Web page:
Local lawmakers were unable to secure the city of West Carrollton a $627,000 a year property tax break on a proposed arena-event center through the $62 billion state budget.
Ohio Representatives Terry Blair, R-Washington Twp., and Jim Butler, R-Oakwood and Sen. Peggy Lehner, R-Kettering, backed amendments to forgive property taxes on a $22 million arena-event center, seen as the centerpiece of the city’s Miami Bend redevelopment plan.
“It didn’t get into the budget,” Blair said. “I really want to get it done.”
West Carrollton began pursuing the property tax exemption last year after learning Youngstown and other larger Ohio cities were exempted from property taxes on their arenas and event centers through state laws tailored to their cases.
“It’s development. It’s jobs,” Blair said.
Lehner was unavailable for comment. Her office referred questions about the rejection of the amendment to the Ohio Senate Majority.
“There’s commonly not a reason. There’s thousands of them submitted to the budget. Not all of them get in,” said Joshua Eck, press secretary for the Ohio Senate Majority said.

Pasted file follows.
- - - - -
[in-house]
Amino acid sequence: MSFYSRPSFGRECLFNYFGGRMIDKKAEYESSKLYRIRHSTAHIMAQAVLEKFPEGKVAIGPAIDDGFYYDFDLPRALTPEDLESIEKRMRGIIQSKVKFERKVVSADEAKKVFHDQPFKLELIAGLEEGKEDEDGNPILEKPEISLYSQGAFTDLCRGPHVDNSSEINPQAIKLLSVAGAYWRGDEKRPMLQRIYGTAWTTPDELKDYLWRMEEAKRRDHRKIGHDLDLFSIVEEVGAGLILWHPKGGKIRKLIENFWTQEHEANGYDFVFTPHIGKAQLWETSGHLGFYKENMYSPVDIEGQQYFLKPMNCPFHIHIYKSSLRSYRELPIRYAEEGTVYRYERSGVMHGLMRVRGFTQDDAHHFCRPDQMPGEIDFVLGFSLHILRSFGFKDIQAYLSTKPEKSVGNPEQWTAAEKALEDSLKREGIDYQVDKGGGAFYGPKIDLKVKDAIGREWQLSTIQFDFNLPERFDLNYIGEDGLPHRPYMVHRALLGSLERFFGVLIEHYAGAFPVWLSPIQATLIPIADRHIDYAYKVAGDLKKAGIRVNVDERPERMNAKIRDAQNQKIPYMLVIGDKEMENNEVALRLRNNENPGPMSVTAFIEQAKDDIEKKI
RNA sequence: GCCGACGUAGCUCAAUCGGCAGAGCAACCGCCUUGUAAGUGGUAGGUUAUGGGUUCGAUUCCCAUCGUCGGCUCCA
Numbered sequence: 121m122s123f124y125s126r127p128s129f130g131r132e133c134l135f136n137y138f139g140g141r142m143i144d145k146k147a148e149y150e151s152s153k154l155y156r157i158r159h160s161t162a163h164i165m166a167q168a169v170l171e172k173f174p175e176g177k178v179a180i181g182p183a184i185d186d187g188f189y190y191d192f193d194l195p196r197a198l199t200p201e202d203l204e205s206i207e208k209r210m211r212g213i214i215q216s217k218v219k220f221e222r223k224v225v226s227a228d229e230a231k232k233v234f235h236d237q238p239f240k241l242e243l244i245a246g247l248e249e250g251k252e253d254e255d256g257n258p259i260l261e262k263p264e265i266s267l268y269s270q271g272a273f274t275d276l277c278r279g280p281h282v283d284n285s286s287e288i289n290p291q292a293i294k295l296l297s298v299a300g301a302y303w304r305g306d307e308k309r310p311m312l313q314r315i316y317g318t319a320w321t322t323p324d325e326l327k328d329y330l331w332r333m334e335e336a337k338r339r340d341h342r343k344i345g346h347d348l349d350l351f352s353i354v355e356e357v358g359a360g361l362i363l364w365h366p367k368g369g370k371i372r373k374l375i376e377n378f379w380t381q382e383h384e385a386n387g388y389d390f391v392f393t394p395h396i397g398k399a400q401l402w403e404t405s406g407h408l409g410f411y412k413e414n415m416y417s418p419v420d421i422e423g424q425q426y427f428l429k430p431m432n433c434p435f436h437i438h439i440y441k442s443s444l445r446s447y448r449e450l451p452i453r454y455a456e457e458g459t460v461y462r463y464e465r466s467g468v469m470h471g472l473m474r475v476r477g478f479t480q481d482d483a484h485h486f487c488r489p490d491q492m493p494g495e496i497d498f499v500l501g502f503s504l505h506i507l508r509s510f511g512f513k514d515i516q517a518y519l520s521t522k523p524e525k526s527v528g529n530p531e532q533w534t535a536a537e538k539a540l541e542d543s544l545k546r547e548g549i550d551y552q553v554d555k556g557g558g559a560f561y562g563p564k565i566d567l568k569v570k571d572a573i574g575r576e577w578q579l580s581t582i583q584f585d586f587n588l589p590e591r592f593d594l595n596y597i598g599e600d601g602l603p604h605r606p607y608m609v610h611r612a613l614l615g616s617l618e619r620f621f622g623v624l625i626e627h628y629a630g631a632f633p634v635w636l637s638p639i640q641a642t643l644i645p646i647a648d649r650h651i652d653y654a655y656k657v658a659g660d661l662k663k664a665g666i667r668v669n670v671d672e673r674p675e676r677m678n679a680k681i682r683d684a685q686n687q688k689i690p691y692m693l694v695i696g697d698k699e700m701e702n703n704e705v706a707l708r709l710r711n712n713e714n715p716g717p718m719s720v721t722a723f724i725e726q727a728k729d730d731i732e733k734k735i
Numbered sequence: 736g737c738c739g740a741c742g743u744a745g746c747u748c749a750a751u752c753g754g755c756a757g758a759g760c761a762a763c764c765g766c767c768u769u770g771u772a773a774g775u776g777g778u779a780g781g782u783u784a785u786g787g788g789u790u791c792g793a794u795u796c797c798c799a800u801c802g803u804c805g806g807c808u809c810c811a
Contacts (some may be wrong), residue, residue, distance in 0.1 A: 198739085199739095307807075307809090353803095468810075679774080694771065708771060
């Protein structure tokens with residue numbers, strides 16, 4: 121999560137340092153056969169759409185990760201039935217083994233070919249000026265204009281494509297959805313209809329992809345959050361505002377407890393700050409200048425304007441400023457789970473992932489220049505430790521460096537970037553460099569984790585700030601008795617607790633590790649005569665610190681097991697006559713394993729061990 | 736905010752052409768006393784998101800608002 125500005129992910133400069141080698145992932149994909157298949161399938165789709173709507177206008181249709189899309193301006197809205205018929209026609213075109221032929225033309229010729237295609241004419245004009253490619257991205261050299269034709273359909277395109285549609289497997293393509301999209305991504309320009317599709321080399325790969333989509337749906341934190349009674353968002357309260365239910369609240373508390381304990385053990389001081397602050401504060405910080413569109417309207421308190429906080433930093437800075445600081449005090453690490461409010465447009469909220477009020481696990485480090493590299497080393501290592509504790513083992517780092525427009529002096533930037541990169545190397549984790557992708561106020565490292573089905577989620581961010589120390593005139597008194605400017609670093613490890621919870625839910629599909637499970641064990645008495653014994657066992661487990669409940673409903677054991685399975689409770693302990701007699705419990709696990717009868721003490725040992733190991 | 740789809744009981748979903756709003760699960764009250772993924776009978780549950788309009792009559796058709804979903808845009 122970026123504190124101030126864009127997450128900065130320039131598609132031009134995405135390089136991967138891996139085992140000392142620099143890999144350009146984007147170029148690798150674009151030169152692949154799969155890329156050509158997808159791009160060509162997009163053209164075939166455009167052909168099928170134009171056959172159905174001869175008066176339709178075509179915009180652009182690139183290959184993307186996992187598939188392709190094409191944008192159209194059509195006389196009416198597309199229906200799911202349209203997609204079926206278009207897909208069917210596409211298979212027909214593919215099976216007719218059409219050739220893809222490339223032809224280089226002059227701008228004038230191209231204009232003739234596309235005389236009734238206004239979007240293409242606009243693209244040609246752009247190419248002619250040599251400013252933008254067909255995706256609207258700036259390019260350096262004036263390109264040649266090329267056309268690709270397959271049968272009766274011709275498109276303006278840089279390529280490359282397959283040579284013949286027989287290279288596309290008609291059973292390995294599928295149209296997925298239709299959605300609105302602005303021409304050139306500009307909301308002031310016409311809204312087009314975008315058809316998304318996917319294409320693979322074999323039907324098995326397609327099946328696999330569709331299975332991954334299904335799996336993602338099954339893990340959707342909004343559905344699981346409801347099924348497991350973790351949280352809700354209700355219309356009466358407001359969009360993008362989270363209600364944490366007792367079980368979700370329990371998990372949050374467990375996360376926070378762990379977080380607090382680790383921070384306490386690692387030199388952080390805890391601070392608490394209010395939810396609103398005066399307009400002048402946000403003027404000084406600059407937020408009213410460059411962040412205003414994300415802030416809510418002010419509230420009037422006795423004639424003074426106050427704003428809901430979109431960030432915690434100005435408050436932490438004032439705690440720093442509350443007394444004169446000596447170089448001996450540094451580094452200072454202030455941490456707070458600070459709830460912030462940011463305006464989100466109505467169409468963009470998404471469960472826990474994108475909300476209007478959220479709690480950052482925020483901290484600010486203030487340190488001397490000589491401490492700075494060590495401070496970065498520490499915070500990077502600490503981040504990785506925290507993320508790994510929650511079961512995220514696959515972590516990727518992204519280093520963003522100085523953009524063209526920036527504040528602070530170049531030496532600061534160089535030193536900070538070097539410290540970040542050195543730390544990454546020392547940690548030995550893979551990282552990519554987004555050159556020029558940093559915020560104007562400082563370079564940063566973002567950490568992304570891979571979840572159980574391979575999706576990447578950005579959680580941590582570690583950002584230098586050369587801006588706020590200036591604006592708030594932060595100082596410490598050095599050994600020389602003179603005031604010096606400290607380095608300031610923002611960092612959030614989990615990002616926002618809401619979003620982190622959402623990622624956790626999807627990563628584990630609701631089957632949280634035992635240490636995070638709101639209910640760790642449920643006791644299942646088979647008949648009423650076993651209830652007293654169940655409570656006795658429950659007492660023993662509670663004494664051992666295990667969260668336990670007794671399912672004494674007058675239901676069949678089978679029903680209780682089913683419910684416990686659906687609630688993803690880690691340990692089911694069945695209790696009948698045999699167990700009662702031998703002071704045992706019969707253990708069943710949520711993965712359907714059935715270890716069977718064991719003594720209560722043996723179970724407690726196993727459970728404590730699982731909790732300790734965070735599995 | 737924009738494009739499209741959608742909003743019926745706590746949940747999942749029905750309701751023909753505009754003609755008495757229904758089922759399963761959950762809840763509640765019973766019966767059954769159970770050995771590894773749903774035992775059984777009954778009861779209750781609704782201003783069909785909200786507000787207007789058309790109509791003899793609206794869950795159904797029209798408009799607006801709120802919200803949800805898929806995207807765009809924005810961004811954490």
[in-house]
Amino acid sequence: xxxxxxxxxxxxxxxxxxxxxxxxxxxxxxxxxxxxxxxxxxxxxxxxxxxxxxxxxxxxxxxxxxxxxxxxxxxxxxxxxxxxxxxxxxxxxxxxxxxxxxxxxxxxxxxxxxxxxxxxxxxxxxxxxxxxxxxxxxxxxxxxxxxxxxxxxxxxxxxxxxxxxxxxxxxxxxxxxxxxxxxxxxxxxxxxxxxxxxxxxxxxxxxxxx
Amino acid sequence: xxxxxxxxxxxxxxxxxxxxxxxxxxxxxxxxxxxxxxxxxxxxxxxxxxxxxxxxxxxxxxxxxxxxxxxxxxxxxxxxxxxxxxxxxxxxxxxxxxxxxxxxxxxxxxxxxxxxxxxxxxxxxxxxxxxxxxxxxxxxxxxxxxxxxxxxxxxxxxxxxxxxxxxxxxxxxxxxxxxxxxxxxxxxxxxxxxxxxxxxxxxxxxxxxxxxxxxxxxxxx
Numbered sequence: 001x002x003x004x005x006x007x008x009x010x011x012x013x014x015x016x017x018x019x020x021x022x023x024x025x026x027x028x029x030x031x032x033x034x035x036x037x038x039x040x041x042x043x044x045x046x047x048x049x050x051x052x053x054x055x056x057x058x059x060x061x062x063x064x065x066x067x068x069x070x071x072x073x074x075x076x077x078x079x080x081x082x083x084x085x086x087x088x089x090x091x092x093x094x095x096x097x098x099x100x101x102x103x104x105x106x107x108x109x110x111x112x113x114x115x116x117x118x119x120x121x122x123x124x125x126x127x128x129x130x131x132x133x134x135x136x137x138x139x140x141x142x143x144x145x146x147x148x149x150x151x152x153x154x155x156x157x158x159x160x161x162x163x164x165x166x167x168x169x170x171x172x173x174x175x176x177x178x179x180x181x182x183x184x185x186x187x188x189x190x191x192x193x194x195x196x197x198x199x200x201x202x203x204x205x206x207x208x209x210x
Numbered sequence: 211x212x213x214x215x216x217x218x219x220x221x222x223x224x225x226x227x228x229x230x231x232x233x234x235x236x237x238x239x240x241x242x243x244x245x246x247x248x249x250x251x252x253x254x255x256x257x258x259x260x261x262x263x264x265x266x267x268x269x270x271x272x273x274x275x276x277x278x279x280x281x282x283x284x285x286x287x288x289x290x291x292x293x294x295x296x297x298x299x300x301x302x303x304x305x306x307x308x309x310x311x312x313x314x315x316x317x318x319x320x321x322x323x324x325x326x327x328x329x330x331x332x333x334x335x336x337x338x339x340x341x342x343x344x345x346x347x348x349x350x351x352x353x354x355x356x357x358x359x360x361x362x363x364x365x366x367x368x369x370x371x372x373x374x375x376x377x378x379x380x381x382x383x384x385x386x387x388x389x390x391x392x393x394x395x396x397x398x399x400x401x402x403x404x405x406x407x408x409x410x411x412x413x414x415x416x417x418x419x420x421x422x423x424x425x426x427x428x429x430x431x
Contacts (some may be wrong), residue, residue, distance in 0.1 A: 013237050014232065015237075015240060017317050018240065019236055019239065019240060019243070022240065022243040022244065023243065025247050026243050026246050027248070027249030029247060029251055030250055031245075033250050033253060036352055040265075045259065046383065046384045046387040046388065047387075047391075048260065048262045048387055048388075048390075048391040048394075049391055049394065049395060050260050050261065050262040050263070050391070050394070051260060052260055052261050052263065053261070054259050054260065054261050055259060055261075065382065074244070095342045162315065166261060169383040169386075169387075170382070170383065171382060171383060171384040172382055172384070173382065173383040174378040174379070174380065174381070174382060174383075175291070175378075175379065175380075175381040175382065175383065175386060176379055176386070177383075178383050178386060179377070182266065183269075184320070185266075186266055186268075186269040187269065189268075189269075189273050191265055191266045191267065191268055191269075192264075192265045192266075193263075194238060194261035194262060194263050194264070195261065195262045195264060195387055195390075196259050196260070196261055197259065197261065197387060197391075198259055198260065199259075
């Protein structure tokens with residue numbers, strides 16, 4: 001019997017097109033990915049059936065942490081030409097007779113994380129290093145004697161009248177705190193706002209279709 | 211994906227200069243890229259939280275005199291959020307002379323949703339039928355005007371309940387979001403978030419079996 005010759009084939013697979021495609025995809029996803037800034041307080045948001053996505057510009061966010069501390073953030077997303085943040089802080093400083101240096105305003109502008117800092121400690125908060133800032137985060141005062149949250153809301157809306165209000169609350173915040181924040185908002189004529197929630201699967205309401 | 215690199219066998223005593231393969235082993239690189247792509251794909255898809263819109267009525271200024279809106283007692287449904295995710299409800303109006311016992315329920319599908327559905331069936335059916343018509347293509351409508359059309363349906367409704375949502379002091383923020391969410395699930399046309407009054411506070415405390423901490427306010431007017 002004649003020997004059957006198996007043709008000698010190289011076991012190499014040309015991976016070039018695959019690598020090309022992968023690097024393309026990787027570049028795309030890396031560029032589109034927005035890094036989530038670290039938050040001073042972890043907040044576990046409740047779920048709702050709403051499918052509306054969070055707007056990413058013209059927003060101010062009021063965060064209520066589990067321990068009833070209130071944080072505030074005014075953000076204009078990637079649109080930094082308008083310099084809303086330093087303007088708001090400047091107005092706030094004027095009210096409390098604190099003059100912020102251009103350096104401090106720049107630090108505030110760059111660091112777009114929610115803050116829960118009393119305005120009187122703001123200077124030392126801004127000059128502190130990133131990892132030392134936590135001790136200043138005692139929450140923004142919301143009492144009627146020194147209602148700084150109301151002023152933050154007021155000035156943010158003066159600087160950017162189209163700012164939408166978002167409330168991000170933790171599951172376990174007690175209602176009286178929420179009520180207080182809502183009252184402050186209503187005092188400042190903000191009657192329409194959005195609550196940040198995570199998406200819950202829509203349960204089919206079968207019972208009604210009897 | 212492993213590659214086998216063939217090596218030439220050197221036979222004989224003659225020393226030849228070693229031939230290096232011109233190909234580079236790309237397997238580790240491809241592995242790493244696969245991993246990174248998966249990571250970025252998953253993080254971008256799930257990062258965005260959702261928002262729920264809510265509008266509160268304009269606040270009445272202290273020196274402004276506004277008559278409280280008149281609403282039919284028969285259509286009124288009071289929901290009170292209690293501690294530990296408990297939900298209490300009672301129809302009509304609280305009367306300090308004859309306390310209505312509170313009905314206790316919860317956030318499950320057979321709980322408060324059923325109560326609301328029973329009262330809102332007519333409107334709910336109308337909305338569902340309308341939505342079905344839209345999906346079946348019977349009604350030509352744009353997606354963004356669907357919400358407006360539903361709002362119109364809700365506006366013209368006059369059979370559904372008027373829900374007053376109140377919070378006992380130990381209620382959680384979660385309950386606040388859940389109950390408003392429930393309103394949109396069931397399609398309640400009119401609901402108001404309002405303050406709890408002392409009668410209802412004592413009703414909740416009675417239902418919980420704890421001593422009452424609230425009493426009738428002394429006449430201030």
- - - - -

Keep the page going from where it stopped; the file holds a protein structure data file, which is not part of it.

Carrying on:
Eck added that the Senate is likely to revisit the issue during the summer based on the economic development potential of the project.
Since reopening a refurbished Exit 47, the city has reduced speed limits, established curbside parking and made other changes in anticipation of a development of a $100 million entertainment district, featuring restaurants and other businesses serving the arena and a nearby whitewater park on the Great Miami River.
City officials say the tax break is needed to secure financing for the arena component.
“We’re still on hold until we get something through the legislature,” City Manager Brad Townsend said.
Butler and Blair differ on the approach.
Butler continues to favor a bill granting the tax break to all Ohio cities not already covered by special amendments “carved out” for individual cases.
“What I will be introducing is to have the law apply equally to everyone,” Butler said.
While understanding Butler’s approach, Blair said focusing on the West Carrollton exemption would simplify getting the law passed by avoiding opposition to a broader bill from special interests.
“This might be easier to get through,” Blair said.